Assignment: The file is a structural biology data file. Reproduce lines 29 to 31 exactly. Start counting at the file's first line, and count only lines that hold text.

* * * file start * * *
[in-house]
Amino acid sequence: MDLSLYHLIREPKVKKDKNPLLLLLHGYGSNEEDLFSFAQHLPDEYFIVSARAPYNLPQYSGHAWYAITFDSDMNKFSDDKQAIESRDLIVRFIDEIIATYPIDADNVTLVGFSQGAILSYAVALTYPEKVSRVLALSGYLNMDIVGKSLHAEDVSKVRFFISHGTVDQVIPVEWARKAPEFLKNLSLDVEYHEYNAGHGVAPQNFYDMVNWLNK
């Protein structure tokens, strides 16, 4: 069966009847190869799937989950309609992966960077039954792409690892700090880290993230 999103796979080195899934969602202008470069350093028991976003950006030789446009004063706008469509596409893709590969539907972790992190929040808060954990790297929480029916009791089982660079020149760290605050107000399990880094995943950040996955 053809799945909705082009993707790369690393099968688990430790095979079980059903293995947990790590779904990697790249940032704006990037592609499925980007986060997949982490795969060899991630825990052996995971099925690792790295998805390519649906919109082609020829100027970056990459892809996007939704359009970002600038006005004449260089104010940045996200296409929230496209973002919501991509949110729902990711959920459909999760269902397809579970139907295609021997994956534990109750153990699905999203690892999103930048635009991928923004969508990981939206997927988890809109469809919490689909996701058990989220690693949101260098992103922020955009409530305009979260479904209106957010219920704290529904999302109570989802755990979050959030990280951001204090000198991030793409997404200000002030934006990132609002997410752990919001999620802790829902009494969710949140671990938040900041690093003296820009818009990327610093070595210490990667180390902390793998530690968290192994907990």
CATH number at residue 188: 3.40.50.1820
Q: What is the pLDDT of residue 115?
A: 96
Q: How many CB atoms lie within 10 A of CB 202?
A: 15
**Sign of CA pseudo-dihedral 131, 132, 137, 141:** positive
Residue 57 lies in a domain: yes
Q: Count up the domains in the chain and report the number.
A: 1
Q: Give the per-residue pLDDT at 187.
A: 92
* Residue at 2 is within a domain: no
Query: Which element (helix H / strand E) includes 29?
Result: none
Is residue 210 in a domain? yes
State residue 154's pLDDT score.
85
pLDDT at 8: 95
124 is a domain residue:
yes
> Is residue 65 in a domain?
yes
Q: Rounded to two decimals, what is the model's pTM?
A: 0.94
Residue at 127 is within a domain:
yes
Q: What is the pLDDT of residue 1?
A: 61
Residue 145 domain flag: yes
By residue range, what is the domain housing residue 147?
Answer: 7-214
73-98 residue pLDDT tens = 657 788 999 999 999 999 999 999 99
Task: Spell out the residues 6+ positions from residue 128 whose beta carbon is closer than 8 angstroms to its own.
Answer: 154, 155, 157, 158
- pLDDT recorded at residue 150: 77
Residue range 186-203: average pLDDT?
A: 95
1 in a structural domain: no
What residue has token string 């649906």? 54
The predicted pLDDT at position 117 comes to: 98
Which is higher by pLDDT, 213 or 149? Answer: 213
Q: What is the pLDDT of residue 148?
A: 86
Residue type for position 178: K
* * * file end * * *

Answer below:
yes
Q: What is the pLDDT of residue 1?
A: 61